Another client used an mLevel mission as both pre-work and in-class enrichment. They were delivering product training to an exceptionally wide variety of participants – from associates to senior-level professionals, with roles ranging from sales to services support to implementation. The mission included games that addressed individual product suites and replaced an existing set of self-study pre-work exercises. Every classroom day they covered at least one product suite, and that evening’s homework was a game that addressed it. The next morning, instructors used the game as a way to demonstrate mastery and kick off the day with some energy and enthusiasm. The instructors were able to point to significant gains in mastery as a result of using the games, and learner feedback specifically pointed to the mission as a valuable component of the overall experience.
Yet another client used mLevel missions as part of a 2-week, instructor-led bootcamp for newly hired sales professionals. One mission addressed pure product knowledge that was essential for the sales force to have at their fingertips. Instructors gave the overview and examples in the classroom and assigned the mission for repetition and reinforcement after the day’s session. Daily prizes were given for each day’s top performer, so competition was fierce, with participants playing repeatedly for the top spots. The second mission covered the sales process, and included a Path Finder scenario-based activity to quiz participants on the right way to conduct a needs assessment interview. Combined, these missions drove engagement and learning, and cranked up the effectiveness of the overall classroom experience.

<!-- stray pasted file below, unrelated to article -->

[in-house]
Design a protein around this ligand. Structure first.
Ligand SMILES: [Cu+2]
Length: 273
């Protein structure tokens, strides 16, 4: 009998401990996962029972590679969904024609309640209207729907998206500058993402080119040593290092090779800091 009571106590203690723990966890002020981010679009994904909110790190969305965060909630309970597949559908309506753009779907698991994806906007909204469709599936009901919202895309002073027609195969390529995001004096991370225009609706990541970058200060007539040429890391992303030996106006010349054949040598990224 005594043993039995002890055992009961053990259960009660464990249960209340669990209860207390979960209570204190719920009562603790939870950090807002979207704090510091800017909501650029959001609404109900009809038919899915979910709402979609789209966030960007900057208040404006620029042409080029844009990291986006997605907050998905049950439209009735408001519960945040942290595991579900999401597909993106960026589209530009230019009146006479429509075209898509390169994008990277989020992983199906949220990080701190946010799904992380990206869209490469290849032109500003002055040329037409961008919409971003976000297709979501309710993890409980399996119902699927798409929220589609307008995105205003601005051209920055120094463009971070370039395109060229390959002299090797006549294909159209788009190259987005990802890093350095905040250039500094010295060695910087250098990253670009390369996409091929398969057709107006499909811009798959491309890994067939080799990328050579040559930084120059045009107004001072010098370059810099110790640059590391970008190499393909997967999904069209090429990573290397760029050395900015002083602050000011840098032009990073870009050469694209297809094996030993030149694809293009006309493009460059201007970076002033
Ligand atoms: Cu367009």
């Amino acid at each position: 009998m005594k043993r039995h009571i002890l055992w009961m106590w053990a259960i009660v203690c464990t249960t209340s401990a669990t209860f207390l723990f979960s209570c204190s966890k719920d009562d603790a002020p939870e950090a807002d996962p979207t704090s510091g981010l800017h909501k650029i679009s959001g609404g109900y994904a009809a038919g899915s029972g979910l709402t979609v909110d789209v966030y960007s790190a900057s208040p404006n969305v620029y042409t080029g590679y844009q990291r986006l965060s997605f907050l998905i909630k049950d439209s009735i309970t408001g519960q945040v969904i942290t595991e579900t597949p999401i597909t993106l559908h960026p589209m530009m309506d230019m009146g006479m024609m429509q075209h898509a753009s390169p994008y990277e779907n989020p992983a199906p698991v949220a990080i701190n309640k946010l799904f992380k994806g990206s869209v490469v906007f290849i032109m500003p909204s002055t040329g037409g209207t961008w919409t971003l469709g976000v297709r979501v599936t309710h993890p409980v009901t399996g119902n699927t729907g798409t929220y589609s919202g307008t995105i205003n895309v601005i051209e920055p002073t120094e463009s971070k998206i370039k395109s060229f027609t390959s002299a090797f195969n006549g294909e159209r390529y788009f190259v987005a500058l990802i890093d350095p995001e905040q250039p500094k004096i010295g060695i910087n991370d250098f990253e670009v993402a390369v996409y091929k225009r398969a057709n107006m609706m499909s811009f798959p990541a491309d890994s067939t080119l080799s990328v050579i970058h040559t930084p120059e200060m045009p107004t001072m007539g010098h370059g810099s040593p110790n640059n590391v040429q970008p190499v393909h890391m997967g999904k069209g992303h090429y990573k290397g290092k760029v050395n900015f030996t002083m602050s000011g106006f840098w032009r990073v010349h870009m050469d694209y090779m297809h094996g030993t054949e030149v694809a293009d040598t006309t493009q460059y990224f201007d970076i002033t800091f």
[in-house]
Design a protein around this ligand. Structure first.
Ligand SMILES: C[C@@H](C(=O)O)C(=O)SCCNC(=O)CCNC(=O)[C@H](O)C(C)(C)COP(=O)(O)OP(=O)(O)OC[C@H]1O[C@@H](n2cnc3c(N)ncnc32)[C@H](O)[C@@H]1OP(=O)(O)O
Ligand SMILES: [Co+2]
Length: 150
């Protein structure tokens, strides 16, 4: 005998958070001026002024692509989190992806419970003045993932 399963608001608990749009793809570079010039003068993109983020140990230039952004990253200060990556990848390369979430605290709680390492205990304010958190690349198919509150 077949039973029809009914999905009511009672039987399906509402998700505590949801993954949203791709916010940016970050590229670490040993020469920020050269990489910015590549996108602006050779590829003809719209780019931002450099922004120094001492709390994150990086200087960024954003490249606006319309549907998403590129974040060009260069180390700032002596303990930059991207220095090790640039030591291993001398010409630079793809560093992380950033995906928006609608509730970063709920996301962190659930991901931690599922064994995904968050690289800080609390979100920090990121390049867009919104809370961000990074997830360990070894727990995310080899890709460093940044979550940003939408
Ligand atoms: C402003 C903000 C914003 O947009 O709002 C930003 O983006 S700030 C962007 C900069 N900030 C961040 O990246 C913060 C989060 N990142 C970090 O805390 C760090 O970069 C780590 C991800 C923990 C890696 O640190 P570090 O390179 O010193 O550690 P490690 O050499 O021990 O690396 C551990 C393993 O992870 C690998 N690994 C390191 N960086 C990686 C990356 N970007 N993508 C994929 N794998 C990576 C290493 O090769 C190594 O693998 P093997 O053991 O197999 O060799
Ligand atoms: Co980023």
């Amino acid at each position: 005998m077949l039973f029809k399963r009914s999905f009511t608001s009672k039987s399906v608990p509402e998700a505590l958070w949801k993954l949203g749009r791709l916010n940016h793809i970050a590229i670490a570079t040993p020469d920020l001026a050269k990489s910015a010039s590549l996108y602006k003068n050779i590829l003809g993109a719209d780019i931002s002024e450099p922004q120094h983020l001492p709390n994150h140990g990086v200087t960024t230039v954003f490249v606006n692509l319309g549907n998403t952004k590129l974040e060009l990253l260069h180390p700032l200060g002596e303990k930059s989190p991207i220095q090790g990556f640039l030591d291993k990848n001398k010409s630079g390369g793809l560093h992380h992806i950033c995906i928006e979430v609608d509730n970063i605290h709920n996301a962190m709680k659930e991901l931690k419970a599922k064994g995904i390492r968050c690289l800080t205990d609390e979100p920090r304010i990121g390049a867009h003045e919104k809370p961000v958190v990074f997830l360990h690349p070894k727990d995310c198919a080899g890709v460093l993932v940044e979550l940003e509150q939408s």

Demands on employees’ time, rightfully seen as the precious commodity it is, are only going to increase. When you get the opportunity to bring people together, it’s critical to use that time wisely. Use game-based solutions both to reduce the time away from work, and to ensure that time delivers maximum impact – before, during and after the event. Your business owners and project sponsors will thank you.